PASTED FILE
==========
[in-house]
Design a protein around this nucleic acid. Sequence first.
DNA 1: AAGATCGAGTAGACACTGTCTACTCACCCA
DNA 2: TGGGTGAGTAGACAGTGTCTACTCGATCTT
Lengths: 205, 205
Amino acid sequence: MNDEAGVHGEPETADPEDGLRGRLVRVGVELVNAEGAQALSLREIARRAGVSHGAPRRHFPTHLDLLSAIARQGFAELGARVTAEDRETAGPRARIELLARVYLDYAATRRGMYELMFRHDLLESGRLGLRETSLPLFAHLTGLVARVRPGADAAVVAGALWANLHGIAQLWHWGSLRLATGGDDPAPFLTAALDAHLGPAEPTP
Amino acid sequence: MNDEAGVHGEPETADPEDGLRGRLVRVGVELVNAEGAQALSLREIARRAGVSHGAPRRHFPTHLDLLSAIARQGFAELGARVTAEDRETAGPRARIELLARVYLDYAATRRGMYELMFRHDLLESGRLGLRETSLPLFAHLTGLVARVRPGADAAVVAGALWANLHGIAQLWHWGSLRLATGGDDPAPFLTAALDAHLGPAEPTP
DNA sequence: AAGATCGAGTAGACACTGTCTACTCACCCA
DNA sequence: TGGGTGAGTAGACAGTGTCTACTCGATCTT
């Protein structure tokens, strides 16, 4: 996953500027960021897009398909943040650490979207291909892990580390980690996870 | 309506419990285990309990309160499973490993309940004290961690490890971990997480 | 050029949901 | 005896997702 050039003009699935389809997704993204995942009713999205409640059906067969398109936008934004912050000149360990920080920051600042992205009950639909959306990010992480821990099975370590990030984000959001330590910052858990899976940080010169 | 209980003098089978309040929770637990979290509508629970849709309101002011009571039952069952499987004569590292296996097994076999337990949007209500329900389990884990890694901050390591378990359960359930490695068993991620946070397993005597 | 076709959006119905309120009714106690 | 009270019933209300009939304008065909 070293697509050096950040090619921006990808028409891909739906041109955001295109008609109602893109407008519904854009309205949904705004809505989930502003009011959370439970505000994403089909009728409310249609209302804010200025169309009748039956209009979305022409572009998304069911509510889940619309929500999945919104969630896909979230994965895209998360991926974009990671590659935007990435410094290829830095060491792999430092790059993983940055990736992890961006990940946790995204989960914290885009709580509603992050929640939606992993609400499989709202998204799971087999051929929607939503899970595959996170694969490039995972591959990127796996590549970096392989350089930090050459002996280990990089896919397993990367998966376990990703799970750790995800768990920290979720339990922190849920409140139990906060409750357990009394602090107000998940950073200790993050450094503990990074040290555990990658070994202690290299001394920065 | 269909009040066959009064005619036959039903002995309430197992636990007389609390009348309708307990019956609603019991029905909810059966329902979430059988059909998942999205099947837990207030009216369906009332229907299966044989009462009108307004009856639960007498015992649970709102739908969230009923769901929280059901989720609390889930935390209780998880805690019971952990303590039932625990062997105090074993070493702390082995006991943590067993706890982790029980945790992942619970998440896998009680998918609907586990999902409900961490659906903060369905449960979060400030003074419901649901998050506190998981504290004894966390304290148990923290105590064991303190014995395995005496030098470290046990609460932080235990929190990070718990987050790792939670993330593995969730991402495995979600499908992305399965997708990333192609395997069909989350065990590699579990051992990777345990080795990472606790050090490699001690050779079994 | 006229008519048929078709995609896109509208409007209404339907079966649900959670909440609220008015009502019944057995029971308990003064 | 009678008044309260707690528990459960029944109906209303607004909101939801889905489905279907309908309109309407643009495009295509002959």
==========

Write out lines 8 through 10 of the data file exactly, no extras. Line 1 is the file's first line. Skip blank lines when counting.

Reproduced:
DNA sequence: AAGATCGAGTAGACACTGTCTACTCACCCA
DNA sequence: TGGGTGAGTAGACAGTGTCTACTCGATCTT
């Protein structure tokens, strides 16, 4: 996953500027960021897009398909943040650490979207291909892990580390980690996870 | 309506419990285990309990309160499973490993309940004290961690490890971990997480 | 050029949901 | 005896997702 050039003009699935389809997704993204995942009713999205409640059906067969398109936008934004912050000149360990920080920051600042992205009950639909959306990010992480821990099975370590990030984000959001330590910052858990899976940080010169 | 209980003098089978309040929770637990979290509508629970849709309101002011009571039952069952499987004569590292296996097994076999337990949007209500329900389990884990890694901050390591378990359960359930490695068993991620946070397993005597 | 076709959006119905309120009714106690 | 009270019933209300009939304008065909 070293697509050096950040090619921006990808028409891909739906041109955001295109008609109602893109407008519904854009309205949904705004809505989930502003009011959370439970505000994403089909009728409310249609209302804010200025169309009748039956209009979305022409572009998304069911509510889940619309929500999945919104969630896909979230994965895209998360991926974009990671590659935007990435410094290829830095060491792999430092790059993983940055990736992890961006990940946790995204989960914290885009709580509603992050929640939606992993609400499989709202998204799971087999051929929607939503899970595959996170694969490039995972591959990127796996590549970096392989350089930090050459002996280990990089896919397993990367998966376990990703799970750790995800768990920290979720339990922190849920409140139990906060409750357990009394602090107000998940950073200790993050450094503990990074040290555990990658070994202690290299001394920065 | 269909009040066959009064005619036959039903002995309430197992636990007389609390009348309708307990019956609603019991029905909810059966329902979430059988059909998942999205099947837990207030009216369906009332229907299966044989009462009108307004009856639960007498015992649970709102739908969230009923769901929280059901989720609390889930935390209780998880805690019971952990303590039932625990062997105090074993070493702390082995006991943590067993706890982790029980945790992942619970998440896998009680998918609907586990999902409900961490659906903060369905449960979060400030003074419901649901998050506190998981504290004894966390304290148990923290105590064991303190014995395995005496030098470290046990609460932080235990929190990070718990987050790792939670993330593995969730991402495995979600499908992305399965997708990333192609395997069909989350065990590699579990051992990777345990080795990472606790050090490699001690050779079994 | 006229008519048929078709995609896109509208409007209404339907079966649900959670909440609220008015009502019944057995029971308990003064 | 009678008044309260707690528990459960029944109906209303607004909101939801889905489905279907309908309109309407643009495009295509002959």